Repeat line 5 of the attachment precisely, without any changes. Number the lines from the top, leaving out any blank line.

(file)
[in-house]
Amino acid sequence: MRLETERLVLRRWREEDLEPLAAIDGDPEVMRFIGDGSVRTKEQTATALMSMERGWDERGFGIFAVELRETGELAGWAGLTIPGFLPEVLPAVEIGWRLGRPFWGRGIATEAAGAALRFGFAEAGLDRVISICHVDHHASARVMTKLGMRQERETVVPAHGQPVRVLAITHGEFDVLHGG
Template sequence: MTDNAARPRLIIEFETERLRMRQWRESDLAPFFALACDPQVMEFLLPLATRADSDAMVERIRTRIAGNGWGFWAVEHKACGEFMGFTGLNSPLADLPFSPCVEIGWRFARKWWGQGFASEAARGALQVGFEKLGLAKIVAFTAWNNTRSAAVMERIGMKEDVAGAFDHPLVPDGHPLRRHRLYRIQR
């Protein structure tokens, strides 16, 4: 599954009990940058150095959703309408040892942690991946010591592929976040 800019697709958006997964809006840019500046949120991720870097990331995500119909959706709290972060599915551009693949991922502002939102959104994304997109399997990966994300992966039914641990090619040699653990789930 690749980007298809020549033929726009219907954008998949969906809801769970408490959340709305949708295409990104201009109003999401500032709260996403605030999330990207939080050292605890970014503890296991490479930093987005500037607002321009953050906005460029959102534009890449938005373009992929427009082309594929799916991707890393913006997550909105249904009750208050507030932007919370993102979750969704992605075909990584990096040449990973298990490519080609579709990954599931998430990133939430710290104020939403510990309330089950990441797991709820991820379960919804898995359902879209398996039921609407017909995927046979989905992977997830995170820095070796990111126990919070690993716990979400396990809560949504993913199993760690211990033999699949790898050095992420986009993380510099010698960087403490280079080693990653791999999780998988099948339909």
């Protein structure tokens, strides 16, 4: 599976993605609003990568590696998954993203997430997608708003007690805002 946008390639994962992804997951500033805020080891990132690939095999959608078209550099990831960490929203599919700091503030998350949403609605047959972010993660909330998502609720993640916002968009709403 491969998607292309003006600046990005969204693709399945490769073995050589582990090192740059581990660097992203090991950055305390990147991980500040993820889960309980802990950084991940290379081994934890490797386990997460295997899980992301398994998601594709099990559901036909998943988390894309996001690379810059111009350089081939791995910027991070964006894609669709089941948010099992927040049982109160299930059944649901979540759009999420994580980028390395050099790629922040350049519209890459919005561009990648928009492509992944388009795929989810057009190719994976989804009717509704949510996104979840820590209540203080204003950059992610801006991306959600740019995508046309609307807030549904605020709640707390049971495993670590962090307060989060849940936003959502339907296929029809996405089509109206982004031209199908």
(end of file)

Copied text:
């Protein structure tokens, strides 16, 4: 599976993605609003990568590696998954993203997430997608708003007690805002 946008390639994962992804997951500033805020080891990132690939095999959608078209550099990831960490929203599919700091503030998350949403609605047959972010993660909330998502609720993640916002968009709403 491969998607292309003006600046990005969204693709399945490769073995050589582990090192740059581990660097992203090991950055305390990147991980500040993820889960309980802990950084991940290379081994934890490797386990997460295997899980992301398994998601594709099990559901036909998943988390894309996001690379810059111009350089081939791995910027991070964006894609669709089941948010099992927040049982109160299930059944649901979540759009999420994580980028390395050099790629922040350049519209890459919005561009990648928009492509992944388009795929989810057009190719994976989804009717509704949510996104979840820590209540203080204003950059992610801006991306959600740019995508046309609307807030549904605020709640707390049971495993670590962090307060989060849940936003959502339907296929029809996405089509109206982004031209199908």